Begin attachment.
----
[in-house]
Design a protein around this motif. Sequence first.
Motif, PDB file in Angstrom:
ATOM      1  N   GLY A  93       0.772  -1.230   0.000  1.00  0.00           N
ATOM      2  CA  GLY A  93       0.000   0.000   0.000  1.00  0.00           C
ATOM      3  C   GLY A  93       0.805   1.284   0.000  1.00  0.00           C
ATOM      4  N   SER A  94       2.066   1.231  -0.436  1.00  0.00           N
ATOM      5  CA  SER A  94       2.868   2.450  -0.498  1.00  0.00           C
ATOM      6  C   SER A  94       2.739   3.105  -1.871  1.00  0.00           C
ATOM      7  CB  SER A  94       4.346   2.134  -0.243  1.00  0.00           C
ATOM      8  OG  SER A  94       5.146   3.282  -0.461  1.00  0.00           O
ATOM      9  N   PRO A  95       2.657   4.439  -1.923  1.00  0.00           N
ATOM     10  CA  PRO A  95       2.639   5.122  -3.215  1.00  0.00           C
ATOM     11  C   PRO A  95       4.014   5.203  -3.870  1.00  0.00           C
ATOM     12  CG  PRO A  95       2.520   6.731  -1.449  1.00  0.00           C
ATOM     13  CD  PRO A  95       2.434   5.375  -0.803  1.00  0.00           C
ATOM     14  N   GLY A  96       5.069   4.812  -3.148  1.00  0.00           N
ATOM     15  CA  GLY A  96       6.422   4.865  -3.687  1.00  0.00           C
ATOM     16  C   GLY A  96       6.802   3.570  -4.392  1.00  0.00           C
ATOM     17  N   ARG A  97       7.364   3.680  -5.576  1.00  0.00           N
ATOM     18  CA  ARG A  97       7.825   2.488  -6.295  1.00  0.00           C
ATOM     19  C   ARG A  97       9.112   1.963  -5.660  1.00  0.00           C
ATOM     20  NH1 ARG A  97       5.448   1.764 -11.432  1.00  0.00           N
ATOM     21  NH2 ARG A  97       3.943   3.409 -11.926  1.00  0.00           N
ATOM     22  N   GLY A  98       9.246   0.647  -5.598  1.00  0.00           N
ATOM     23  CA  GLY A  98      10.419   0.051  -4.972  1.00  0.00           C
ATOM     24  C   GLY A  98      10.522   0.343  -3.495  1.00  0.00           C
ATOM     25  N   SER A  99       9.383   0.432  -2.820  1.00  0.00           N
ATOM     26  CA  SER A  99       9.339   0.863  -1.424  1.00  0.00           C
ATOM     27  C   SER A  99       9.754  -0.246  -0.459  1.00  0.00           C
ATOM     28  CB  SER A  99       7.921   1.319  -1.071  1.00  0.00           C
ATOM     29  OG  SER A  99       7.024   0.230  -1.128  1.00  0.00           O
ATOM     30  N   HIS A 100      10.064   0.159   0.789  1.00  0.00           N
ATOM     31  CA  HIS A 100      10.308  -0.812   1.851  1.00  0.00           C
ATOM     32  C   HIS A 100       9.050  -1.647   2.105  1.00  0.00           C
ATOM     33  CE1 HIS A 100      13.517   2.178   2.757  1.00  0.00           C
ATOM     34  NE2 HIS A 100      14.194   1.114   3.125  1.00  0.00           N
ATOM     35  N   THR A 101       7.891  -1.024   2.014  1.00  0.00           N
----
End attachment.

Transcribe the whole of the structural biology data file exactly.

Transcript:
[in-house]
Design a protein around this motif. Sequence first.
Motif, PDB file in Angstrom:
ATOM      1  N   GLY A  93       0.772  -1.230   0.000  1.00  0.00           N
ATOM      2  CA  GLY A  93       0.000   0.000   0.000  1.00  0.00           C
ATOM      3  C   GLY A  93       0.805   1.284   0.000  1.00  0.00           C
ATOM      4  N   SER A  94       2.066   1.231  -0.436  1.00  0.00           N
ATOM      5  CA  SER A  94       2.868   2.450  -0.498  1.00  0.00           C
ATOM      6  C   SER A  94       2.739   3.105  -1.871  1.00  0.00           C
ATOM      7  CB  SER A  94       4.346   2.134  -0.243  1.00  0.00           C
ATOM      8  OG  SER A  94       5.146   3.282  -0.461  1.00  0.00           O
ATOM      9  N   PRO A  95       2.657   4.439  -1.923  1.00  0.00           N
ATOM     10  CA  PRO A  95       2.639   5.122  -3.215  1.00  0.00           C
ATOM     11  C   PRO A  95       4.014   5.203  -3.870  1.00  0.00           C
ATOM     12  CG  PRO A  95       2.520   6.731  -1.449  1.00  0.00           C
ATOM     13  CD  PRO A  95       2.434   5.375  -0.803  1.00  0.00           C
ATOM     14  N   GLY A  96       5.069   4.812  -3.148  1.00  0.00           N
ATOM     15  CA  GLY A  96       6.422   4.865  -3.687  1.00  0.00           C
ATOM     16  C   GLY A  96       6.802   3.570  -4.392  1.00  0.00           C
ATOM     17  N   ARG A  97       7.364   3.680  -5.576  1.00  0.00           N
ATOM     18  CA  ARG A  97       7.825   2.488  -6.295  1.00  0.00           C
ATOM     19  C   ARG A  97       9.112   1.963  -5.660  1.00  0.00           C
ATOM     20  NH1 ARG A  97       5.448   1.764 -11.432  1.00  0.00           N
ATOM     21  NH2 ARG A  97       3.943   3.409 -11.926  1.00  0.00           N
ATOM     22  N   GLY A  98       9.246   0.647  -5.598  1.00  0.00           N
ATOM     23  CA  GLY A  98      10.419   0.051  -4.972  1.00  0.00           C
ATOM     24  C   GLY A  98      10.522   0.343  -3.495  1.00  0.00           C
ATOM     25  N   SER A  99       9.383   0.432  -2.820  1.00  0.00           N
ATOM     26  CA  SER A  99       9.339   0.863  -1.424  1.00  0.00           C
ATOM     27  C   SER A  99       9.754  -0.246  -0.459  1.00  0.00           C
ATOM     28  CB  SER A  99       7.921   1.319  -1.071  1.00  0.00           C
ATOM     29  OG  SER A  99       7.024   0.230  -1.128  1.00  0.00           O
ATOM     30  N   HIS A 100      10.064   0.159   0.789  1.00  0.00           N
ATOM     31  CA  HIS A 100      10.308  -0.812   1.851  1.00  0.00           C
ATOM     32  C   HIS A 100       9.050  -1.647   2.105  1.00  0.00           C
ATOM     33  CE1 HIS A 100      13.517   2.178   2.757  1.00  0.00           C
ATOM     34  NE2 HIS A 100      14.194   1.114   3.125  1.00  0.00           N
ATOM     35  N   THR A 101       7.891  -1.024   2.014  1.00  0.00           N